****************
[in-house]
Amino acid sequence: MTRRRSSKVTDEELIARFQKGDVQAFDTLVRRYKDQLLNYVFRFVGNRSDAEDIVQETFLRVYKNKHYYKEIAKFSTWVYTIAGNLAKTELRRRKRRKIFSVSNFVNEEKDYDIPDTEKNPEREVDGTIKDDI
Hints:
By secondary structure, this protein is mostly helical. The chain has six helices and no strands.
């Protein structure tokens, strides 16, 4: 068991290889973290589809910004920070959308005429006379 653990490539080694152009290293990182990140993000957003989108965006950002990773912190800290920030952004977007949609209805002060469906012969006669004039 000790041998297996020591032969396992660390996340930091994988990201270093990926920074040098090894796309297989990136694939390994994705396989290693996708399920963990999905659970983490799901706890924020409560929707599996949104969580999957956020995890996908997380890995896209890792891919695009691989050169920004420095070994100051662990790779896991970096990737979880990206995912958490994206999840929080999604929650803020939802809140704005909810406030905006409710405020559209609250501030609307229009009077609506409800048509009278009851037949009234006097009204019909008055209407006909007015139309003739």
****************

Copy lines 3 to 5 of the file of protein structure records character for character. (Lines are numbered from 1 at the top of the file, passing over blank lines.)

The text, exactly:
Hints:
By secondary structure, this protein is mostly helical. The chain has six helices and no strands.
């Protein structure tokens, strides 16, 4: 068991290889973290589809910004920070959308005429006379 653990490539080694152009290293990182990140993000957003989108965006950002990773912190800290920030952004977007949609209805002060469906012969006669004039 000790041998297996020591032969396992660390996340930091994988990201270093990926920074040098090894796309297989990136694939390994994705396989290693996708399920963990999905659970983490799901706890924020409560929707599996949104969580999957956020995890996908997380890995896209890792891919695009691989050169920004420095070994100051662990790779896991970096990737979880990206995912958490994206999840929080999604929650803020939802809140704005909810406030905006409710405020559209609250501030609307229009009077609506409800048509009278009851037949009234006097009204019909008055209407006909007015139309003739």